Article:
NÉMETH Tünde, VÁRADY Erzsébet, DANIS Ildikó, SCHEURING Noémi, SZABÓ László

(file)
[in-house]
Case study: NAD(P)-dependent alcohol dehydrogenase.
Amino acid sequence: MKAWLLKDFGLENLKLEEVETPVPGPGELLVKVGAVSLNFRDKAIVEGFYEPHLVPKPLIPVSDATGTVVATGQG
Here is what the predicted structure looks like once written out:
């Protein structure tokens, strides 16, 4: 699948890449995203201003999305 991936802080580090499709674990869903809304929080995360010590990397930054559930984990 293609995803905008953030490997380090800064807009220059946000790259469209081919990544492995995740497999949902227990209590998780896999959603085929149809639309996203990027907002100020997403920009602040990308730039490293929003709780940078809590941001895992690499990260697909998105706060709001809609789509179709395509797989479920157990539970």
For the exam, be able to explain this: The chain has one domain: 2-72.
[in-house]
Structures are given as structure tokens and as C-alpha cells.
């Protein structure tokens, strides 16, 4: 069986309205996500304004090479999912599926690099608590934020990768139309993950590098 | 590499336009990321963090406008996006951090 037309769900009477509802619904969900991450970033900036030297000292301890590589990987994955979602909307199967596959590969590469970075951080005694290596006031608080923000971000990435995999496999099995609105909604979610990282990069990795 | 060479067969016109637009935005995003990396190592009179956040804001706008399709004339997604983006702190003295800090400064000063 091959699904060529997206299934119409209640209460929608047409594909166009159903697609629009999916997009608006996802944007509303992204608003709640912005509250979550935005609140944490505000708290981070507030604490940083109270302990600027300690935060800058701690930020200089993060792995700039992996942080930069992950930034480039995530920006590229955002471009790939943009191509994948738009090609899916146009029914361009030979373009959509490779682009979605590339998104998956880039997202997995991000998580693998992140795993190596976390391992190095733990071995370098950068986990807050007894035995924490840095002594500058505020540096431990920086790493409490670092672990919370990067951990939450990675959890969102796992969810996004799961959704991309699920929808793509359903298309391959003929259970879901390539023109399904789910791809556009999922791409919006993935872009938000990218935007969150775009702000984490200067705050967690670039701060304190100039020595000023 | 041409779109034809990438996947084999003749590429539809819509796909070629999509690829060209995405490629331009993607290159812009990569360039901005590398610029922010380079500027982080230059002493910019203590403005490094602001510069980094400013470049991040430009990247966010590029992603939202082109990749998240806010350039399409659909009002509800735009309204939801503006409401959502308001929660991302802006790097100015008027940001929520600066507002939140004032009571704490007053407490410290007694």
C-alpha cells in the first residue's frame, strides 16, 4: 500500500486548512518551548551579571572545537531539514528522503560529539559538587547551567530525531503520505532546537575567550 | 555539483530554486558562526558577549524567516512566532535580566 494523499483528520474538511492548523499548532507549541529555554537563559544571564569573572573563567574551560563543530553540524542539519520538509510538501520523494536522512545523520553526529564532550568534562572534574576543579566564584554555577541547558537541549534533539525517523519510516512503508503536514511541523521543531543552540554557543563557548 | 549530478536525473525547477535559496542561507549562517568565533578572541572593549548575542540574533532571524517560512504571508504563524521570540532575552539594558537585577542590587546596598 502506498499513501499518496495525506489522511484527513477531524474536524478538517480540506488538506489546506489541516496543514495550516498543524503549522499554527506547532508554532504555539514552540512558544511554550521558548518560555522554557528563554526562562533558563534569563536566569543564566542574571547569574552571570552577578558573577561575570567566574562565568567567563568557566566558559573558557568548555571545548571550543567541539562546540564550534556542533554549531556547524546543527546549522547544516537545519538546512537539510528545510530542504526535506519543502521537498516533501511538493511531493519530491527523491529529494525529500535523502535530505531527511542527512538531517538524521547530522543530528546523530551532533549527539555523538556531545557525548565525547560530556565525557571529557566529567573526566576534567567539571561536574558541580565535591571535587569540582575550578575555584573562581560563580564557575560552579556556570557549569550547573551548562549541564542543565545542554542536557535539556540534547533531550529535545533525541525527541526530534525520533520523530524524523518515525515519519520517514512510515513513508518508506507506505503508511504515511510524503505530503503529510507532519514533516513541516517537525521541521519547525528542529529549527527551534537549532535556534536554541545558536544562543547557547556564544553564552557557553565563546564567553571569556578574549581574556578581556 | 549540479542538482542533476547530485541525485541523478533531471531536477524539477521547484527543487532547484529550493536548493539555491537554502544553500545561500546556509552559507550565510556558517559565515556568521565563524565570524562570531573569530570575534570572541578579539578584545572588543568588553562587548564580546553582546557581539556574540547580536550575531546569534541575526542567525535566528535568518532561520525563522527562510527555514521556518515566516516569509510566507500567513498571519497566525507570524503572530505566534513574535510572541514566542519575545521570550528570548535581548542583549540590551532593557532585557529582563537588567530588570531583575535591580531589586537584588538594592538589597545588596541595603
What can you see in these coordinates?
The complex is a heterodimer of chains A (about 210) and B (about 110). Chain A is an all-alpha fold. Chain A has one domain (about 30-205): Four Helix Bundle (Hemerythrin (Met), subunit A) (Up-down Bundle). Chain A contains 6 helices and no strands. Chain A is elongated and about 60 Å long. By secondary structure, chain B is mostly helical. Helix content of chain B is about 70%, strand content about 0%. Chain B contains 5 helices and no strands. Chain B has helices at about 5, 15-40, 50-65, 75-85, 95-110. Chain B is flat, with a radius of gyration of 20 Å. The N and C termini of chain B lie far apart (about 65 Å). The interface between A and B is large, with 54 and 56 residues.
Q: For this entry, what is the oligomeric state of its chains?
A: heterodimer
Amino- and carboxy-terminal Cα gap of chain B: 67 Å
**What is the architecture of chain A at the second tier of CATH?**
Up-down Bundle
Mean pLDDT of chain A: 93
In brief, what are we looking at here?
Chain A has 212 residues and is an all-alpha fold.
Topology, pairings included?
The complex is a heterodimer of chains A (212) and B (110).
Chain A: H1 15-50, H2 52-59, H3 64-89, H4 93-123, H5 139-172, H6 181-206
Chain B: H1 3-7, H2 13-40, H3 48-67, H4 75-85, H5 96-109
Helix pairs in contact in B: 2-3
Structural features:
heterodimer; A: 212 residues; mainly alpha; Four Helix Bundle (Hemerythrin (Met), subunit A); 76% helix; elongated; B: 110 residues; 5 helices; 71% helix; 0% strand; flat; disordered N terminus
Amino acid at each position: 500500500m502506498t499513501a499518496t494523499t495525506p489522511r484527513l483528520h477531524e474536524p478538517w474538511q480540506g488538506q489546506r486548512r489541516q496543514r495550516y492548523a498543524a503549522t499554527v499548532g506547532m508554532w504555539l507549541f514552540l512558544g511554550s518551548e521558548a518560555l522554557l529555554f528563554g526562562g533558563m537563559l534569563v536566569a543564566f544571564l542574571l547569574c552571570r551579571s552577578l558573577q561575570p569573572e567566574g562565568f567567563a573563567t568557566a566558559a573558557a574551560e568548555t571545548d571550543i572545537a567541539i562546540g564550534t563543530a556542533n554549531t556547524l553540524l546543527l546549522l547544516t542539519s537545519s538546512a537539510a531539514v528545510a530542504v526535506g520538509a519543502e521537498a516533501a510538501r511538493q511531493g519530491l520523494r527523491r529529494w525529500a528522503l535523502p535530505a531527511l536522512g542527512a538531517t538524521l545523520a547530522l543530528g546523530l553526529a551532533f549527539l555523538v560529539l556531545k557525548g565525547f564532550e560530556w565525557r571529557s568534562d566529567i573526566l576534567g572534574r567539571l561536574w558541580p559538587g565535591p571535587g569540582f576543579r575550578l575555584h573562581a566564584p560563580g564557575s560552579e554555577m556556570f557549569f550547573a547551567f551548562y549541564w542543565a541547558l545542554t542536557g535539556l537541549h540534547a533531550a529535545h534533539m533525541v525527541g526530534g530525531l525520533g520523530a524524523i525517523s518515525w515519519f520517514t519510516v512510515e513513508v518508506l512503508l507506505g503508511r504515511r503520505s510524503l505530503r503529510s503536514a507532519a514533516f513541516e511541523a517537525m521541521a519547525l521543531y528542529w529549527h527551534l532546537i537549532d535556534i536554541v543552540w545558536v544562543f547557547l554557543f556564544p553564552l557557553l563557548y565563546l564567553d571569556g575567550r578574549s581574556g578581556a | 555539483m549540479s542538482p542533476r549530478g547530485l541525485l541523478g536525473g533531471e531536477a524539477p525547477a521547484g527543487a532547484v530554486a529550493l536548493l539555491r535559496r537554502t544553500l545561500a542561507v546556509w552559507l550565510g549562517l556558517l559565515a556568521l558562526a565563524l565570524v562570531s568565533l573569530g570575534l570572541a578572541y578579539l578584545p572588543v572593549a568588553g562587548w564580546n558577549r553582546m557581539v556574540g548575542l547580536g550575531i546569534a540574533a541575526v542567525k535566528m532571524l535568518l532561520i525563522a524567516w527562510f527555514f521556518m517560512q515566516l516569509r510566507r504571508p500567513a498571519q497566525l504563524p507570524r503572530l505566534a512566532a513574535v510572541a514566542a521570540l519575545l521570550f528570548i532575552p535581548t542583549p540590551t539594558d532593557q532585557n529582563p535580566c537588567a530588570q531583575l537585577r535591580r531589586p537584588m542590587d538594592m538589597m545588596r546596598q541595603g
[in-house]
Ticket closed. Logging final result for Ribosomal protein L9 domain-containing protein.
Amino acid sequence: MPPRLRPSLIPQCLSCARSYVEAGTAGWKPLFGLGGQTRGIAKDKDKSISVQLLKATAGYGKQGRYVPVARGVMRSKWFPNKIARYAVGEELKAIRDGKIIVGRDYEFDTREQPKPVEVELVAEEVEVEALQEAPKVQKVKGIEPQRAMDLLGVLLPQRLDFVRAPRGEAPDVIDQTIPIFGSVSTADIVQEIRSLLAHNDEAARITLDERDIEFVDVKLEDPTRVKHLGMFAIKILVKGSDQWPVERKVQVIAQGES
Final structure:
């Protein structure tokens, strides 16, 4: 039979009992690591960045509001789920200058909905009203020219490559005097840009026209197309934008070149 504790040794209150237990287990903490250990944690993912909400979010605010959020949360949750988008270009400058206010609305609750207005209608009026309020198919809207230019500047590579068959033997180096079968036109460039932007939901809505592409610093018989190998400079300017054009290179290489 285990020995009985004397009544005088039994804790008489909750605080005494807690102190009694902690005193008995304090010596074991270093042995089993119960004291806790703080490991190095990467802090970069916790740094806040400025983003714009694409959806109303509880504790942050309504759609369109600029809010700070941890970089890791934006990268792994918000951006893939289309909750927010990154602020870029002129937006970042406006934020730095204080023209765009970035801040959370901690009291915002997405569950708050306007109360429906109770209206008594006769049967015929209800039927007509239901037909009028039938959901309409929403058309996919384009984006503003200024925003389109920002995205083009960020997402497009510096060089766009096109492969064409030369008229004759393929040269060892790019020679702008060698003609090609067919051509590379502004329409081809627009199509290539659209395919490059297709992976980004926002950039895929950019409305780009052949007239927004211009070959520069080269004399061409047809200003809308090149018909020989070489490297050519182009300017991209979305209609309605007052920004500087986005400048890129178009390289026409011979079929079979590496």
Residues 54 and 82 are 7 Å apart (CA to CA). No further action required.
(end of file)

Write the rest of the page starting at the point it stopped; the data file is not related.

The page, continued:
[Feeding and eating in infancy and early childhood part III. - Development of self-feeding skills in the large-sample of the “For Healthy Offspring” project INTRODUCTION - After introducing adequate complementary food to the diet of breastfed/formula-fed babies, the frequency and amount of semisolid/solid food is increasing, the breastmilk/formula intake is decreasing and finally the weaning process is completed. During this process the developing feeding skills of the infant enables them to self-feed. The self-feeding infant and toddler should participate in family meals. SUBJECTS AND METHODS - In the Healthy Offspring project self reported questionnaires were received from 1133 parents of 0-3 year old children. Issues concerning the development of self-feeding skills were analyzed. RESULTS - With advancing age the proportion of infants/toddlers, reported to be able to (partially) self-feed, has increased. The age, at which the majority of toddlers (83.1%) were reported to self-feed, was at 13-15 months. By the age over 2 years 57.2% of the toddlers were fully self-feeding, 39.3% were self-feeding with some assistance, and 3.5% were still completely fed by their mother/caregiver. While self-feeding became more prevalent, the proportion of toddlers with feeding problems and insufficient weight gain has increased. With more prevalent complementary feeding more parents assessed their feeding style rather scheduled than on demand. In the whole sample the proportion of infants/toddlers, who ate with the family, was 43.8%. CONCLUSIONS - In our sample, as previously described in the scientific literature, the developmental readiness to self-feed has developed in the majority of infants by the age of 13-15 months. During progres­sion of weaning an increasing proportion of parents thought, that feeding was rather scheduled than on demand. This finding points at the importance of educating parents about the importance of responsive feeding during and after weaning. For self-feeding toddlers, responsive feeding means, that the mother/caregiver offers a choice of healthy and adequate amount of food, at a proper place, at proper times, responds to the hunger and satiety cues of the child and the toddler decides, whether to eat, what and how much to eat.]